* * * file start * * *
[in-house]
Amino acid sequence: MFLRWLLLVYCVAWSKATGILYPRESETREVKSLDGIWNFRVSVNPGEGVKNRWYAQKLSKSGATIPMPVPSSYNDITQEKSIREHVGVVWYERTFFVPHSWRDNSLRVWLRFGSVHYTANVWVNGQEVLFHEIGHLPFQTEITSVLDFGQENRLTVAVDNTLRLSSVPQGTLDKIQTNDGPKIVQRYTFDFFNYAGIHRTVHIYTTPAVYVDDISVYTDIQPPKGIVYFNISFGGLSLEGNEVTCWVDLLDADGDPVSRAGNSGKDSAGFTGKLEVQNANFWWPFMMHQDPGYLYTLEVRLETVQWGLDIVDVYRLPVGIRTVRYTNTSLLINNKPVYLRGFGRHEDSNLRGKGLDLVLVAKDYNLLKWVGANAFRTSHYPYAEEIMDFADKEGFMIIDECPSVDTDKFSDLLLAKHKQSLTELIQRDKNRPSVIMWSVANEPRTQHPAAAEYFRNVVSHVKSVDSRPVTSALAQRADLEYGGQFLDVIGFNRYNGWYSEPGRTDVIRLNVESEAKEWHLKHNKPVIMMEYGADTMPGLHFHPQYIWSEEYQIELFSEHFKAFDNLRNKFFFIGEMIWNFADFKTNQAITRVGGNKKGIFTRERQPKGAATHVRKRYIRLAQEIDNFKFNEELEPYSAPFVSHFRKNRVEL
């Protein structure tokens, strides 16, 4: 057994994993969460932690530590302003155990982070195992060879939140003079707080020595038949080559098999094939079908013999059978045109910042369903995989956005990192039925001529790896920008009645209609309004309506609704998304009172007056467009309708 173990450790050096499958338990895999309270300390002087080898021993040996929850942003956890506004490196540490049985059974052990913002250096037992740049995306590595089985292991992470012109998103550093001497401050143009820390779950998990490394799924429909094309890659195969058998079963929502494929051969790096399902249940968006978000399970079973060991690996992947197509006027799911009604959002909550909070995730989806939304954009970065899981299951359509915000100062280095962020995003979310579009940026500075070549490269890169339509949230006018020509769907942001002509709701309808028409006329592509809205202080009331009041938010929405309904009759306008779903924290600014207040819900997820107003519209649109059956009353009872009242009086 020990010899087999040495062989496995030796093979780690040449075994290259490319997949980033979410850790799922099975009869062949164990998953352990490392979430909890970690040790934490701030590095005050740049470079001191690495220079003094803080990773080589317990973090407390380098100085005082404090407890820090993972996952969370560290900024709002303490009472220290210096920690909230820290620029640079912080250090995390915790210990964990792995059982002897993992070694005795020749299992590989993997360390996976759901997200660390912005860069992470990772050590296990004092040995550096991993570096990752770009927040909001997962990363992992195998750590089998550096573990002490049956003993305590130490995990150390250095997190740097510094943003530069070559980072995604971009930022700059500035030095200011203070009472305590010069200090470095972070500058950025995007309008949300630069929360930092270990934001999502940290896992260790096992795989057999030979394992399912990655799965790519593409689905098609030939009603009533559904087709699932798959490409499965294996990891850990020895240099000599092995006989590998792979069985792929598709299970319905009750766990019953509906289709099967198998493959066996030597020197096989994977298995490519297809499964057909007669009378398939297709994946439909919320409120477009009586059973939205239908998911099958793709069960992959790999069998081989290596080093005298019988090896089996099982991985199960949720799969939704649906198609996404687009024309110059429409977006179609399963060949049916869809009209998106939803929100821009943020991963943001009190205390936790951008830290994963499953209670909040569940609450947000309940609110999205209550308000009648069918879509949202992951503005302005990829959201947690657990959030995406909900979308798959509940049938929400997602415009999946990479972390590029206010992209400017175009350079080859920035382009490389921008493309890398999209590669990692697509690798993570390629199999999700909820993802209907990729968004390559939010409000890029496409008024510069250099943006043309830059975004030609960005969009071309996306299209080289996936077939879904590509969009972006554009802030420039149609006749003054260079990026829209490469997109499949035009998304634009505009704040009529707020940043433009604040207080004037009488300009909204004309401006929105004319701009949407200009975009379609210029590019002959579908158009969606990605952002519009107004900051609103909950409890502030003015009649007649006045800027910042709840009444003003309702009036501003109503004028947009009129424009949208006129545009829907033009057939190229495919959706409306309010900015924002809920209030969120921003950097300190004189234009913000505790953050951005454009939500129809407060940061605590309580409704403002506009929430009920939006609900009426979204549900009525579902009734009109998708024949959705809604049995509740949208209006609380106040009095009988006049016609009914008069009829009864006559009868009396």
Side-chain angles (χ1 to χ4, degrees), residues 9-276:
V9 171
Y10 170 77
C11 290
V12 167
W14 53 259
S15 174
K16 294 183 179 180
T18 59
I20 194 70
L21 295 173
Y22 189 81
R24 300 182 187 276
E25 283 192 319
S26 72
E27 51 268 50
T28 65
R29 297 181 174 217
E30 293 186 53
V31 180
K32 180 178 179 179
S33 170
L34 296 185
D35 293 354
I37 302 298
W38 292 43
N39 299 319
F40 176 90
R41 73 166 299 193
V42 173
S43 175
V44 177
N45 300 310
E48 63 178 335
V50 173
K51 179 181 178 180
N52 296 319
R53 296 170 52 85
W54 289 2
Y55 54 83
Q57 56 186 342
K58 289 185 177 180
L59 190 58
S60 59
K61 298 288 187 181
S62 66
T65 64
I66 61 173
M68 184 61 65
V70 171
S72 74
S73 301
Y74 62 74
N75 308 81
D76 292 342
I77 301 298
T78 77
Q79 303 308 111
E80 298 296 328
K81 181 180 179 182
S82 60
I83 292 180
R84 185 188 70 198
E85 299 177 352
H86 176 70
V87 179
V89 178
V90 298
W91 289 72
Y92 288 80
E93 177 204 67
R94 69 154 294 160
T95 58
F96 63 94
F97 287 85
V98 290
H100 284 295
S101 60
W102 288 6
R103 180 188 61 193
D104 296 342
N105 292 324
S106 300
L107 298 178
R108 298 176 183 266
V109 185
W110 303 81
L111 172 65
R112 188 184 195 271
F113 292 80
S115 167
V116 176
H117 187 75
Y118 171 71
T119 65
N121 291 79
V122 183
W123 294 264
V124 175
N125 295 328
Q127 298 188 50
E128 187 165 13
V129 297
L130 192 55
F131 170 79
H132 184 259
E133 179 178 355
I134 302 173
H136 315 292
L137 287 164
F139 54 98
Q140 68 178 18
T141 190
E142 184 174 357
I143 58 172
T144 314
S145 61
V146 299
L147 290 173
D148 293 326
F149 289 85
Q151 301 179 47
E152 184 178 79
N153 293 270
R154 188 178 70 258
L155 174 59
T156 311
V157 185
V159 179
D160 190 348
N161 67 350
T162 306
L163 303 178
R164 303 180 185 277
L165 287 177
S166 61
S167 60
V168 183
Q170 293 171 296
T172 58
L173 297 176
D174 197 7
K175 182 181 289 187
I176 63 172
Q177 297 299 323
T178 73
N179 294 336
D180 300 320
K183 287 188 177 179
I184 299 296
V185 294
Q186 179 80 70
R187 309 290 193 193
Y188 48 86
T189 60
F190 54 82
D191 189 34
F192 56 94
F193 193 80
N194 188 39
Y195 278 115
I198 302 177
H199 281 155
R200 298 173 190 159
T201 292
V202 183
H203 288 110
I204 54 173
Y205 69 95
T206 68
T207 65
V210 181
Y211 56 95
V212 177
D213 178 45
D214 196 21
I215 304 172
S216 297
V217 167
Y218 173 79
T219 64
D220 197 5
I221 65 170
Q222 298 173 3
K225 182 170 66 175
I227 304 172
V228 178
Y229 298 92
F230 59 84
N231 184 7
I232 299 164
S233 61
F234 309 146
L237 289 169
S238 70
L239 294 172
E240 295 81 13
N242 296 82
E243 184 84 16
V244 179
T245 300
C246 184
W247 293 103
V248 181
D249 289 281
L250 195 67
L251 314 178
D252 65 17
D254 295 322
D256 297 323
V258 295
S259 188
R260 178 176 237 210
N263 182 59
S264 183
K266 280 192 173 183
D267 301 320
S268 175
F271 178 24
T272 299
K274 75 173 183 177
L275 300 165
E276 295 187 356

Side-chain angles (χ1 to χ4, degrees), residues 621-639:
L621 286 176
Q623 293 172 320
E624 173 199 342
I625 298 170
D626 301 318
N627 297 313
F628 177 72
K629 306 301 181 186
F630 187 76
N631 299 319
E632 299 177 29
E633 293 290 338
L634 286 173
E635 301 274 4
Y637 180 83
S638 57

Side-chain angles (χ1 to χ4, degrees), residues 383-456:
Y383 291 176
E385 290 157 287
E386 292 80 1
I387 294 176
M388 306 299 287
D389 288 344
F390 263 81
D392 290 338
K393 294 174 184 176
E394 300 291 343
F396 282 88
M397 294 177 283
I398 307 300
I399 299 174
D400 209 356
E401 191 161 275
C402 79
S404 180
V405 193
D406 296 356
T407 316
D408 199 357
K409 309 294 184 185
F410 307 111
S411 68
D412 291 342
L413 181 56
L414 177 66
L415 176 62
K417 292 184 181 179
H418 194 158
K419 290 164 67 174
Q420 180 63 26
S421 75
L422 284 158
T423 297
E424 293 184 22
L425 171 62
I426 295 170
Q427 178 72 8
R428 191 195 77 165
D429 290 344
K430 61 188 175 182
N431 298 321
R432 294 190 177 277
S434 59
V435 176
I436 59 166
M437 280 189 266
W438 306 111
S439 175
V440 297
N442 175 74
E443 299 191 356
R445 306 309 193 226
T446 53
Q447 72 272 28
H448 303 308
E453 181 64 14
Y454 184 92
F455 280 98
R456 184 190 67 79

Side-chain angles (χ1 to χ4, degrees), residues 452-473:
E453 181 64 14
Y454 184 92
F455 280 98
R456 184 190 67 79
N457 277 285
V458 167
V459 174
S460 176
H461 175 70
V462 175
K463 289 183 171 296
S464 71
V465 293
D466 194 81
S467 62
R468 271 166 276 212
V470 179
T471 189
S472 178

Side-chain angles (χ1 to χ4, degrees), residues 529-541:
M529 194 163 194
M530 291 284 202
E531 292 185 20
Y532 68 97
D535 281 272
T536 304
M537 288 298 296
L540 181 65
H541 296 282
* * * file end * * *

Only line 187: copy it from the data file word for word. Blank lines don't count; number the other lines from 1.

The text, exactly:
Q222 298 173 3